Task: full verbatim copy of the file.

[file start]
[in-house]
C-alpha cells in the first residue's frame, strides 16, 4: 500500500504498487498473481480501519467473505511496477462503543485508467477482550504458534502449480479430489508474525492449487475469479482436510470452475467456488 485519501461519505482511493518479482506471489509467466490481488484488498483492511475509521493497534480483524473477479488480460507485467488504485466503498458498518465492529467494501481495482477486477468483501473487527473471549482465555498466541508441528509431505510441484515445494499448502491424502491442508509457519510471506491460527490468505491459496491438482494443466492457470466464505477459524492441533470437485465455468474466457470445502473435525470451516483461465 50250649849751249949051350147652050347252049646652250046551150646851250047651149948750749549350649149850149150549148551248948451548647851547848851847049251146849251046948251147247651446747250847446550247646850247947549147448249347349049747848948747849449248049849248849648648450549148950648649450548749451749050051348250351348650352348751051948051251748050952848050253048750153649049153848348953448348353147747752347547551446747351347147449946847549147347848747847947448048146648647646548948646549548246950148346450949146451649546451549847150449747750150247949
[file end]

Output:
[in-house]
C-alpha cells in the first residue's frame, strides 16, 4: 500500500504498487498473481480501519467473505511496477462503543485508467477482550504458534502449480479430489508474525492449487475469479482436510470452475467456488 485519501461519505482511493518479482506471489509467466490481488484488498483492511475509521493497534480483524473477479488480460507485467488504485466503498458498518465492529467494501481495482477486477468483501473487527473471549482465555498466541508441528509431505510441484515445494499448502491424502491442508509457519510471506491460527490468505491459496491438482494443466492457470466464505477459524492441533470437485465455468474466457470445502473435525470451516483461465 50250649849751249949051350147652050347252049646652250046551150646851250047651149948750749549350649149850149150549148551248948451548647851547848851847049251146849251046948251147247651446747250847446550247646850247947549147448249347349049747848948747849449248049849248849648648450549148950648649450548749451749050051348250351348650352348751051948051251748050952848050253048750153649049153848348953448348353147747752347547551446747351347147449946847549147347848747847947448048146648647646548948646549548246950148346450949146451649546451549847150449747750150247949